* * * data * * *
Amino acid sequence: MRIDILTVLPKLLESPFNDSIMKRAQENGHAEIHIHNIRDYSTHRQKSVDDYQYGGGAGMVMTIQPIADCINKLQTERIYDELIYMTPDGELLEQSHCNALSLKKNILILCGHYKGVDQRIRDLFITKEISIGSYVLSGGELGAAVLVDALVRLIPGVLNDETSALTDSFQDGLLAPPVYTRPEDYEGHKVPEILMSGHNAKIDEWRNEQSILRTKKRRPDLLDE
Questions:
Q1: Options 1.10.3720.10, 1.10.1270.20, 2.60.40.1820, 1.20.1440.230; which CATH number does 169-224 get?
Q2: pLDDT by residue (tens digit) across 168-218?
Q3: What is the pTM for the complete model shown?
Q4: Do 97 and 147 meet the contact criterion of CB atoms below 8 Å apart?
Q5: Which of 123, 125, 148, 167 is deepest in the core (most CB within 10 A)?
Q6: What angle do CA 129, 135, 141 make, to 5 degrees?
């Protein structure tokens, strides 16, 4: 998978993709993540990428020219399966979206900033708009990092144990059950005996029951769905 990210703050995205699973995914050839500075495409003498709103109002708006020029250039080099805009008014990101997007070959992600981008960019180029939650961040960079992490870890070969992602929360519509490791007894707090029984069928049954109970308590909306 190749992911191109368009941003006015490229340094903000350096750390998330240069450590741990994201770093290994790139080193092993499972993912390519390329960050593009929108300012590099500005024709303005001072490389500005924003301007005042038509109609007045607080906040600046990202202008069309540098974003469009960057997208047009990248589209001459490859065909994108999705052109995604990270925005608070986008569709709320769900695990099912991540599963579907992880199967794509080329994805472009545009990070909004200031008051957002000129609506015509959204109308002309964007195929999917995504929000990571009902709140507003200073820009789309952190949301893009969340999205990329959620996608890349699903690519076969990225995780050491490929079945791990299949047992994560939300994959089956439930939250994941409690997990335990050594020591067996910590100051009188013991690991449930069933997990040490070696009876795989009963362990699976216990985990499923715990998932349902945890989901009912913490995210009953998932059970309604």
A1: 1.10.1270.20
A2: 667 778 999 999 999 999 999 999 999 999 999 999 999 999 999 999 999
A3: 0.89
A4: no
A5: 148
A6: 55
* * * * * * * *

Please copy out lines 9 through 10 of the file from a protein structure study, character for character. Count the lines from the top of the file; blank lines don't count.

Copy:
């Protein structure tokens, strides 16, 4: 998978993709993540990428020219399966979206900033708009990092144990059950005996029951769905 990210703050995205699973995914050839500075495409003498709103109002708006020029250039080099805009008014990101997007070959992600981008960019180029939650961040960079992490870890070969992602929360519509490791007894707090029984069928049954109970308590909306 190749992911191109368009941003006015490229340094903000350096750390998330240069450590741990994201770093290994790139080193092993499972993912390519390329960050593009929108300012590099500005024709303005001072490389500005924003301007005042038509109609007045607080906040600046990202202008069309540098974003469009960057997208047009990248589209001459490859065909994108999705052109995604990270925005608070986008569709709320769900695990099912991540599963579907992880199967794509080329994805472009545009990070909004200031008051957002000129609506015509959204109308002309964007195929999917995504929000990571009902709140507003200073820009789309952190949301893009969340999205990329959620996608890349699903690519076969990225995780050491490929079945791990299949047992994560939300994959089956439930939250994941409690997990335990050594020591067996910590100051009188013991690991449930069933997990040490070696009876795989009963362990699976216990985990499923715990998932349902945890989901009912913490995210009953998932059970309604």
A1: 1.10.1270.20